The chat group provides a place to hunker down for the evening. “A dining chair is OK, but it’s not a great thing to sit and relax in once you’re done eating,” Ghiz says. “Homeowners like the concept of having the ability to sit around a table and eat, but then when they’re done, kick back and relax.”

The key for the furniture is that it’s designed to be lower and has fat cushions. “These chairs are usually more club-chair sized: They’re big and deep,” Ghiz says. “When you add motion or action to the chair, it makes it a comfortable way to sit outside.”

The settings can be assembled by the user out of separate pieces, but more manufacturers are rolling out whole chat groups, some even with gas fire pits to go with them.

4Updated looks for wicker and wrought-iron, and inexpensive rollouts of premium materials.

A few years ago, wrought-iron furniture was struggling. “It took a beating because you can do things in cast aluminum that you couldn’t do in wrought iron,” Luckino says. Plus, cast aluminum prices went down approximately 50 percent. “[Wrought-iron sales] were probably dropping 30 percent a year,” Luckino adds.

The traditional flower patterns on the metal had largely played out, he says. People wanted something different. A year or so ago, manufacturers responded with new methods for turning the metal and, as a result, designs were created that compete with cast aluminum. “The neoclassic look is still at the forefront because it’s what people want when they’re looking at a metal product,” Luckino says. “But it’s not the same old flowers that wrought iron used to be.”

Scrolls may rule the day, but you can also find some more contemporary looks with straight slats on the back of the chair, or eclectic mesh pieces. Last year, Luckino reports, wrought iron sales ended an approximately five-year down trend and started an upswing. “I think it increased in our stores almost 22 percent last year,” he says.

The transformation of wicker hasn’t been as economically dramatic, but it has been broader. Stylistically, the pieces are more versatile. No longer typecast in a tropical décor, they can also be found in more classic designs that even fit in the Tuscan environments so popular in Phoenix and Las Vegas, Ghiz says.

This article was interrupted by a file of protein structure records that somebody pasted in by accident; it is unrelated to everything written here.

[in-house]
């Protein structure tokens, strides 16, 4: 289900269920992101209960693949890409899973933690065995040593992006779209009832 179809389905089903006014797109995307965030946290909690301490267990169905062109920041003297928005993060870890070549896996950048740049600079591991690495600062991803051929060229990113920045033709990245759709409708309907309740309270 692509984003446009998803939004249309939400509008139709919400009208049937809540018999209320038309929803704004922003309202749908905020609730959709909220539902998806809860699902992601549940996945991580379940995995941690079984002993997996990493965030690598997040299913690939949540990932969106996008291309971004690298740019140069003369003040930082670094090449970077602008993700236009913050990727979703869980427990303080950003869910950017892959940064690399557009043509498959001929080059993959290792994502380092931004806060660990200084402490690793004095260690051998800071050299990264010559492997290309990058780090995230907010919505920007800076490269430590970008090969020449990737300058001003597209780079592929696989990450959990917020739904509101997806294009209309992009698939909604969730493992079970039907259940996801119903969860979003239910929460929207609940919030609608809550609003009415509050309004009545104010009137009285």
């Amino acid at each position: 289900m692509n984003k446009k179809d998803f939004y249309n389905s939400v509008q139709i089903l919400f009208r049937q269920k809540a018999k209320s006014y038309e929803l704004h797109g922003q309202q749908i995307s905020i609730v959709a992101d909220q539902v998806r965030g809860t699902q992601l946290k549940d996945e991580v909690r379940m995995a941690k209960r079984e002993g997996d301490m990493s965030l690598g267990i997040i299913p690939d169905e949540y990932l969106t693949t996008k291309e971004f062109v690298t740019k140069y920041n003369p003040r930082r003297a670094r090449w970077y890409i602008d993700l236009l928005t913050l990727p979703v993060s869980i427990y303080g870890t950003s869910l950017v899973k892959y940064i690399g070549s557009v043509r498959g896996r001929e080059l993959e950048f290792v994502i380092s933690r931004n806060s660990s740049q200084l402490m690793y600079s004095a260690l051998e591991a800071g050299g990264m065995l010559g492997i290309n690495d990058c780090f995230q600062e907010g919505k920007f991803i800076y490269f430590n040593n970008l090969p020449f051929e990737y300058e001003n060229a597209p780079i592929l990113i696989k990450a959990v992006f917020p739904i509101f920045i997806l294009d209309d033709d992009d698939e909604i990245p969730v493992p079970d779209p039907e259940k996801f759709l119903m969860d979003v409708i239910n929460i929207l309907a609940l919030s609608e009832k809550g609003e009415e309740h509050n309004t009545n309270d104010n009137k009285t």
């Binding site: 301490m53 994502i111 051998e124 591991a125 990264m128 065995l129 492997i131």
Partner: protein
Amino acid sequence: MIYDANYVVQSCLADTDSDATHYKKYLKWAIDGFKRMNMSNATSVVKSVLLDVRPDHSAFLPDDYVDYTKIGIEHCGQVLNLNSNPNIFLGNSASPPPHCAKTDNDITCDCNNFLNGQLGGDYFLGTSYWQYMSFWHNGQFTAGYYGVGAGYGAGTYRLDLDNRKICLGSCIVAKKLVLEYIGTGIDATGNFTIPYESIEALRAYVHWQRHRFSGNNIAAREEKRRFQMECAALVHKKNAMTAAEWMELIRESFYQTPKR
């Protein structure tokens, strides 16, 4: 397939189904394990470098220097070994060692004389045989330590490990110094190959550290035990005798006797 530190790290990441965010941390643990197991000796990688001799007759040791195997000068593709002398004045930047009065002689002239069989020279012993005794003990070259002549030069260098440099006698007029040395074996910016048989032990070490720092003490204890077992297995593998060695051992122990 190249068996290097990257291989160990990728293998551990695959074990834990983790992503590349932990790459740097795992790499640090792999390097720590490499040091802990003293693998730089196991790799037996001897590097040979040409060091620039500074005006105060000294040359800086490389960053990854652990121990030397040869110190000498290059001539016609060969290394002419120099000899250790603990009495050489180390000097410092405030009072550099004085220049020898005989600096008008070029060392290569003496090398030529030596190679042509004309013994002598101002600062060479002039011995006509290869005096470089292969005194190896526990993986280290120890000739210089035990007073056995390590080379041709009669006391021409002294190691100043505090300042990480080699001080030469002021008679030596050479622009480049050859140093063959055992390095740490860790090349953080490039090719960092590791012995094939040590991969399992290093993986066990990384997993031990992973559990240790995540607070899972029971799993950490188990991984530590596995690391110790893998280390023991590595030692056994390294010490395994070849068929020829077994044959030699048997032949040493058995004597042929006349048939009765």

“It isn’t the traditional sort of wicker that you might think in your mind,” he says. “There are so many different ways that it’s woven.” The materials range in color from the old school tan and white to deep, rich browns.

With new synthetic materials, the pieces also last longer. “You can keep it out in the sun, rain and snow and nothing affects it,” Ghiz says. “The material itself is virtually indestructible.”

These products, however, don’t look exactly like the traditional wood-based ones, Luckino says. That throws some people off. “People tell me, ‘It’s not real wicker,’” he says. “Everybody thinks it’s a plant, but wicker means to weave. There’s no material called wicker.” Once he explains it, consumers usually come on board.

More options also have opened up as overseas production has dropped price points in cast-aluminum and high-quality woods. “At one time, teak or cast aluminum was so expensive, just the top people bought it,” Luckino says. “But today they can make the products so we can retail it at one-third of the price that we used to.” Some manufacturers have introduced alternative woods that are more durable than redwood, but less expensive than teak, as well.

Moreover, wood collections have expanded to include more sofas and loveseats, in addition to the traditional rockers, benches, tables and chairs.

5New materials, looks and sizes for tables.

To accommodate the many ways that people use their backyard furniture, tables are appearing in different sizes more than ever. The cocktail-height pieces at the center of many chat groups, for instance, tend to be longer than you’d normally expect. And homeowners are beginning to shy away from the traditional four-person dining table.

“Many of the manufacturers have introduced larger tables that seat six, eight, 10 or more people, and tables in many different shapes as well,” Logan says. “With the shift toward more outdoor living, consumers want to have flexibility and the option to host a large group outside.”

The tables come in every conceivable look. The world of outdoor furniture is talking long and hard about “alternative-top tables” — meaning pieces made of anything besides glass or aluminum. Some tables have been taken to the level of art, topped with premium materials such as marble, granite, tile mosaic, teak and even the hammered copper model that Carter Grandle introduced at this year’s Casual Marketplace.

For a lower cost, manufacturers offer “faux tables” in resins that mimic stone or mosaic, or in aluminum that looks like higher-priced metals.